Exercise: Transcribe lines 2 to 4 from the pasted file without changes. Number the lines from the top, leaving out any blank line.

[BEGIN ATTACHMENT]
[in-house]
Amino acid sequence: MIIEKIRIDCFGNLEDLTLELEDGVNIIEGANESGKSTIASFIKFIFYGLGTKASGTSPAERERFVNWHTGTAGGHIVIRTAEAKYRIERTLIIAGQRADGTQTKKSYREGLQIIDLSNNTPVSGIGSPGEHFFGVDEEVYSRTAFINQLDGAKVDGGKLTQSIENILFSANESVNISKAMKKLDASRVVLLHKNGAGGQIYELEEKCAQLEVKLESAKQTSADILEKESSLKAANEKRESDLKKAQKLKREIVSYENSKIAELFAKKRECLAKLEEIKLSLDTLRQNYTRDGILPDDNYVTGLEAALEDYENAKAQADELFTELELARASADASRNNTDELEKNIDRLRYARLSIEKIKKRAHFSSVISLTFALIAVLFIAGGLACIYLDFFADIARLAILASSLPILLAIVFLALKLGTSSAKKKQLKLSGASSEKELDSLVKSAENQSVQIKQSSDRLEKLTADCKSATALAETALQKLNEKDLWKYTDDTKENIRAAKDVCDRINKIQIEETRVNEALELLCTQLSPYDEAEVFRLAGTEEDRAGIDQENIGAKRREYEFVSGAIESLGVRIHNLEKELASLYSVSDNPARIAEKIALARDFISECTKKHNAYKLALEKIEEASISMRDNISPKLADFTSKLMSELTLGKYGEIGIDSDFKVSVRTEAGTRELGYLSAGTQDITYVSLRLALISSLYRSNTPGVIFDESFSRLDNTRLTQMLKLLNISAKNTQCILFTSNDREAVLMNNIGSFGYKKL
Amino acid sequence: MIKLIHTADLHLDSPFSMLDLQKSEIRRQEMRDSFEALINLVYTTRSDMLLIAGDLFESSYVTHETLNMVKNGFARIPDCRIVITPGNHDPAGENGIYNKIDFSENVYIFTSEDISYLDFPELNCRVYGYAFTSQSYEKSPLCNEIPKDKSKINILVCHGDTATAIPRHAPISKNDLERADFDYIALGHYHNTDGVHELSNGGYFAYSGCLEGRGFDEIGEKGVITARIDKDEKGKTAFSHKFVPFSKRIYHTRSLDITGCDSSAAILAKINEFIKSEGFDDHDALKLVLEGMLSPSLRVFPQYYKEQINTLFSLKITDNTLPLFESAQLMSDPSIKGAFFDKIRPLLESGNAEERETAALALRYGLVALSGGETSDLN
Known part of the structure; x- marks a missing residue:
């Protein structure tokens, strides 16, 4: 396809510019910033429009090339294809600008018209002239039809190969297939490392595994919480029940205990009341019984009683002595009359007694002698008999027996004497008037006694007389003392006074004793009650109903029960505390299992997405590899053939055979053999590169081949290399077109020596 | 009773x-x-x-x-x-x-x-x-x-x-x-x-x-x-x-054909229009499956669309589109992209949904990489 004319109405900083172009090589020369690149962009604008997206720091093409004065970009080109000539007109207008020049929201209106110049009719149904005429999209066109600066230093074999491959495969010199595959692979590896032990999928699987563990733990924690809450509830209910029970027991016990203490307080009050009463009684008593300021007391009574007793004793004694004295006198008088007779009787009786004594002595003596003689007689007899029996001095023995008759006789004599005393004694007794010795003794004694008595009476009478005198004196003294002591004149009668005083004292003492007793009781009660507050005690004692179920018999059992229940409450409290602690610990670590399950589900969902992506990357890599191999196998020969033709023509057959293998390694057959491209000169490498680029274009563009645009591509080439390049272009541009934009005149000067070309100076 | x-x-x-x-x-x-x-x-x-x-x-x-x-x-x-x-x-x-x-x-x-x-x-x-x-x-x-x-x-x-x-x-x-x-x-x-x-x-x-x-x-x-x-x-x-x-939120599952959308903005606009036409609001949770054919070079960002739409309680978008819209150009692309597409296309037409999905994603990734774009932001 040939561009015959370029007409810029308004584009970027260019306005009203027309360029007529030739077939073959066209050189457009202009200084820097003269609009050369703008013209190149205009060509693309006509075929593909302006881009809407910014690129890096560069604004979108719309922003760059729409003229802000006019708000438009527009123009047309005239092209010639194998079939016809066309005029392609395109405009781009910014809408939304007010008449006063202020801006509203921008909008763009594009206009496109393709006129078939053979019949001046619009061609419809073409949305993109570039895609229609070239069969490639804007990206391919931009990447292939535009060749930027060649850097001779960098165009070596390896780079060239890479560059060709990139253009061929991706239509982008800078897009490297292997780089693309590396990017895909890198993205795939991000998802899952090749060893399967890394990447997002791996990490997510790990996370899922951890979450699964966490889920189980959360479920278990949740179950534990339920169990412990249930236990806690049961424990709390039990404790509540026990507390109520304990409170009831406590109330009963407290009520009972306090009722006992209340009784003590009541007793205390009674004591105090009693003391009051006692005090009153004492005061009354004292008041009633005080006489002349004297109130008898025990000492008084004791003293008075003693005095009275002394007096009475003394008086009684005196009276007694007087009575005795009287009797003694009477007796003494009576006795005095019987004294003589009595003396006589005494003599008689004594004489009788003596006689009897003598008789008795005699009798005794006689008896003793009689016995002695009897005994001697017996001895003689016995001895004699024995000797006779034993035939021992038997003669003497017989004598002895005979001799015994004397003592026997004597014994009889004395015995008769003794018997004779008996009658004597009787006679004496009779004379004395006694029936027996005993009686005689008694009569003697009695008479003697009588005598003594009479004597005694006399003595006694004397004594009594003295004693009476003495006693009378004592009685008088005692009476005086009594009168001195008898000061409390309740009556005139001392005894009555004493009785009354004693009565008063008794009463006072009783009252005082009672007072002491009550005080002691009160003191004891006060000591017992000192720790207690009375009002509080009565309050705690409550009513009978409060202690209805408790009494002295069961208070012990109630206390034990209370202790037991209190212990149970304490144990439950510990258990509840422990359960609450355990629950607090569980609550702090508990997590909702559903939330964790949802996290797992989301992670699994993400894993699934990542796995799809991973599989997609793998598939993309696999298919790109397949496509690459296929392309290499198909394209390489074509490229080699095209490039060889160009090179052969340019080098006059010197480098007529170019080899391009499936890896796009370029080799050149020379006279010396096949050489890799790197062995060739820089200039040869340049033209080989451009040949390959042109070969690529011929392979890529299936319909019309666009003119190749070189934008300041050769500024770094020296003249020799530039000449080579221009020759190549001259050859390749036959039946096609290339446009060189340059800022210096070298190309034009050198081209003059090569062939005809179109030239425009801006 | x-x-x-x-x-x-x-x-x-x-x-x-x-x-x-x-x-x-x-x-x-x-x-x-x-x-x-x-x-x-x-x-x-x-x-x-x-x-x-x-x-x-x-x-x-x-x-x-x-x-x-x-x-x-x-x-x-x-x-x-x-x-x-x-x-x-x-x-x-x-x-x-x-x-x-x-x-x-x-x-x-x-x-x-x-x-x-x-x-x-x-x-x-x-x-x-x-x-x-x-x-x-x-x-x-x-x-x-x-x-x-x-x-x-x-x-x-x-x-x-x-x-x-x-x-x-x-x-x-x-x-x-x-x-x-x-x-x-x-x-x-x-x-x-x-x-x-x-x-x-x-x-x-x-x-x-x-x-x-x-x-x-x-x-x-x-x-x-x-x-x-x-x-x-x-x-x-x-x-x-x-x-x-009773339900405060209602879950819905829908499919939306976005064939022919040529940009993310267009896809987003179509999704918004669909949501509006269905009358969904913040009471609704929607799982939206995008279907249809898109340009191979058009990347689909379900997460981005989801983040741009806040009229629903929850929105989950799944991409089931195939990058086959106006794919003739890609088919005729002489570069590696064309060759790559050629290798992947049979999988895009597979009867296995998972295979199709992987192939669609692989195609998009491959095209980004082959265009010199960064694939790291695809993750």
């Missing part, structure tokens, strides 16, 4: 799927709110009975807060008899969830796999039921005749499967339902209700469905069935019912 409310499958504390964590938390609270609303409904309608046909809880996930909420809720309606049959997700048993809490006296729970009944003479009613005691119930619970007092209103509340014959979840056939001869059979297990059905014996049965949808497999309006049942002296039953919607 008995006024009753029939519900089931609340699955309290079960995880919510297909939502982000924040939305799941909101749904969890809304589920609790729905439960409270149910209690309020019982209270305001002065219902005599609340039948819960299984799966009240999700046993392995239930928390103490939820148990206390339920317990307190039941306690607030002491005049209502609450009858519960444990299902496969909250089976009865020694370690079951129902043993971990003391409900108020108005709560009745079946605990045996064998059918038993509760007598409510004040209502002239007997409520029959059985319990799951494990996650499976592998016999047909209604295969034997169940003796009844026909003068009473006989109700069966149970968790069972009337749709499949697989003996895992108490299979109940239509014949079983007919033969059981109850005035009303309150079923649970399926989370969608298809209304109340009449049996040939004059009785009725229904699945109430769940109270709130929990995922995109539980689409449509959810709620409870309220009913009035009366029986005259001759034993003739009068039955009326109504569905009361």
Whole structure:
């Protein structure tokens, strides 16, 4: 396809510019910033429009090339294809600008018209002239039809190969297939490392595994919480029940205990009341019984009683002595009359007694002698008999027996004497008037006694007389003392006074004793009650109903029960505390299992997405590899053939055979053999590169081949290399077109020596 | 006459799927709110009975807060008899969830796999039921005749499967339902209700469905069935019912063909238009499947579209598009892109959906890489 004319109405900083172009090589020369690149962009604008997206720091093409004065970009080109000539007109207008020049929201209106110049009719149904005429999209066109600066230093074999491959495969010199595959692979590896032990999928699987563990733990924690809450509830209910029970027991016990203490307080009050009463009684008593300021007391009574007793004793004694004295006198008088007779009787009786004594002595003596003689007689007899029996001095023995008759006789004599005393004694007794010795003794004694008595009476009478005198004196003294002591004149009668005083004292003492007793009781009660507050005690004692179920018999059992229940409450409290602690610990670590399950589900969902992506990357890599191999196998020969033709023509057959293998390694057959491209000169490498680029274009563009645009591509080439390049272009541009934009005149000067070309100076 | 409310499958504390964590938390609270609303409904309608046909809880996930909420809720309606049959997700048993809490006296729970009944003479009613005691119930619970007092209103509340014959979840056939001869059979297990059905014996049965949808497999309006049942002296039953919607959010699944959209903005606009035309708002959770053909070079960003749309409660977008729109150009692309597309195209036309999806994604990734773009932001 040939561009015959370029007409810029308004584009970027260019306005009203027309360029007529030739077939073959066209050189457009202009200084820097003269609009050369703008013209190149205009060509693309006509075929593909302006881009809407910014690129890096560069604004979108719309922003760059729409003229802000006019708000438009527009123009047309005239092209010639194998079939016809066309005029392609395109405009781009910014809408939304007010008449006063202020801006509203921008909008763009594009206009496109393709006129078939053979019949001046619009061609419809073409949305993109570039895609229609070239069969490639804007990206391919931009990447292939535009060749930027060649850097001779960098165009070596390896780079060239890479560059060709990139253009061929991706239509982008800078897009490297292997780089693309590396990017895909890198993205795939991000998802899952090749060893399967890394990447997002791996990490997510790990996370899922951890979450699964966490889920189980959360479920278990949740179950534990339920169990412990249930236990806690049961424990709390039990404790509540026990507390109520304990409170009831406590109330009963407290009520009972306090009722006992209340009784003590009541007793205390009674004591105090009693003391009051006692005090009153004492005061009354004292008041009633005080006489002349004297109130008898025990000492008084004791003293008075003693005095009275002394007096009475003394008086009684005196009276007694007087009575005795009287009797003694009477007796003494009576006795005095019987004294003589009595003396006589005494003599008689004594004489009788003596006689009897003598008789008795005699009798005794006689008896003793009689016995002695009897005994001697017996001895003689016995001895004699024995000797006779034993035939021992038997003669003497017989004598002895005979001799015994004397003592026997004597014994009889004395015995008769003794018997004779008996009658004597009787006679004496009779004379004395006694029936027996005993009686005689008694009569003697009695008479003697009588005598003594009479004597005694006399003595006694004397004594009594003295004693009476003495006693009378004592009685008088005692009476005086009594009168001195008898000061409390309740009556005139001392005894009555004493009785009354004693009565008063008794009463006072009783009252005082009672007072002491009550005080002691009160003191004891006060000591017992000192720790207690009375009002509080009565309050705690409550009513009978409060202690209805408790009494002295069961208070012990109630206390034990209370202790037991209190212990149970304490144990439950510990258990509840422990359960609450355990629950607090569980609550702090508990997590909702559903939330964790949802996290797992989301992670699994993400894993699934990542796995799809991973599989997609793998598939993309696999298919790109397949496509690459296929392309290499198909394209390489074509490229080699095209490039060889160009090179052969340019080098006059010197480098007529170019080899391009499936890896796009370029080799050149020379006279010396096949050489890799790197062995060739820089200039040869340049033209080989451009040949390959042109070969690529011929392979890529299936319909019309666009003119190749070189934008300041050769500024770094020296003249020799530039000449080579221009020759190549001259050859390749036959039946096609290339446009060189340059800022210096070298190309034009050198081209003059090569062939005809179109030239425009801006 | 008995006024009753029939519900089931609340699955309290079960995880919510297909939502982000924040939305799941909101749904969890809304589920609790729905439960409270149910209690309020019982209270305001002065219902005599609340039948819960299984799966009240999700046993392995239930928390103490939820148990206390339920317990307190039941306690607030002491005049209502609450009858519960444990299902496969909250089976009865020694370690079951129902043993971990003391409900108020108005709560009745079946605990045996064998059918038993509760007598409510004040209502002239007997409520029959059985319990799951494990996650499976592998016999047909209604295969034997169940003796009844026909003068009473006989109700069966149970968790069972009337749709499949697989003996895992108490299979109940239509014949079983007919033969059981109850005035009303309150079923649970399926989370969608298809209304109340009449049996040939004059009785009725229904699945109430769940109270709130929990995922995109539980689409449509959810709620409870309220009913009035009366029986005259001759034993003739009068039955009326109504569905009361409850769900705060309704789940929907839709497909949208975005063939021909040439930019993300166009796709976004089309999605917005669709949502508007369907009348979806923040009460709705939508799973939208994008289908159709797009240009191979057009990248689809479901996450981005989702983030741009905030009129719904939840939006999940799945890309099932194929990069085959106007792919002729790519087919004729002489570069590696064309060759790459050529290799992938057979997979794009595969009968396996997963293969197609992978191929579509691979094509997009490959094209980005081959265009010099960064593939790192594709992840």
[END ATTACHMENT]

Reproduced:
Amino acid sequence: MIIEKIRIDCFGNLEDLTLELEDGVNIIEGANESGKSTIASFIKFIFYGLGTKASGTSPAERERFVNWHTGTAGGHIVIRTAEAKYRIERTLIIAGQRADGTQTKKSYREGLQIIDLSNNTPVSGIGSPGEHFFGVDEEVYSRTAFINQLDGAKVDGGKLTQSIENILFSANESVNISKAMKKLDASRVVLLHKNGAGGQIYELEEKCAQLEVKLESAKQTSADILEKESSLKAANEKRESDLKKAQKLKREIVSYENSKIAELFAKKRECLAKLEEIKLSLDTLRQNYTRDGILPDDNYVTGLEAALEDYENAKAQADELFTELELARASADASRNNTDELEKNIDRLRYARLSIEKIKKRAHFSSVISLTFALIAVLFIAGGLACIYLDFFADIARLAILASSLPILLAIVFLALKLGTSSAKKKQLKLSGASSEKELDSLVKSAENQSVQIKQSSDRLEKLTADCKSATALAETALQKLNEKDLWKYTDDTKENIRAAKDVCDRINKIQIEETRVNEALELLCTQLSPYDEAEVFRLAGTEEDRAGIDQENIGAKRREYEFVSGAIESLGVRIHNLEKELASLYSVSDNPARIAEKIALARDFISECTKKHNAYKLALEKIEEASISMRDNISPKLADFTSKLMSELTLGKYGEIGIDSDFKVSVRTEAGTRELGYLSAGTQDITYVSLRLALISSLYRSNTPGVIFDESFSRLDNTRLTQMLKLLNISAKNTQCILFTSNDREAVLMNNIGSFGYKKL
Amino acid sequence: MIKLIHTADLHLDSPFSMLDLQKSEIRRQEMRDSFEALINLVYTTRSDMLLIAGDLFESSYVTHETLNMVKNGFARIPDCRIVITPGNHDPAGENGIYNKIDFSENVYIFTSEDISYLDFPELNCRVYGYAFTSQSYEKSPLCNEIPKDKSKINILVCHGDTATAIPRHAPISKNDLERADFDYIALGHYHNTDGVHELSNGGYFAYSGCLEGRGFDEIGEKGVITARIDKDEKGKTAFSHKFVPFSKRIYHTRSLDITGCDSSAAILAKINEFIKSEGFDDHDALKLVLEGMLSPSLRVFPQYYKEQINTLFSLKITDNTLPLFESAQLMSDPSIKGAFFDKIRPLLESGNAEERETAALALRYGLVALSGGETSDLN
Known part of the structure; x- marks a missing residue: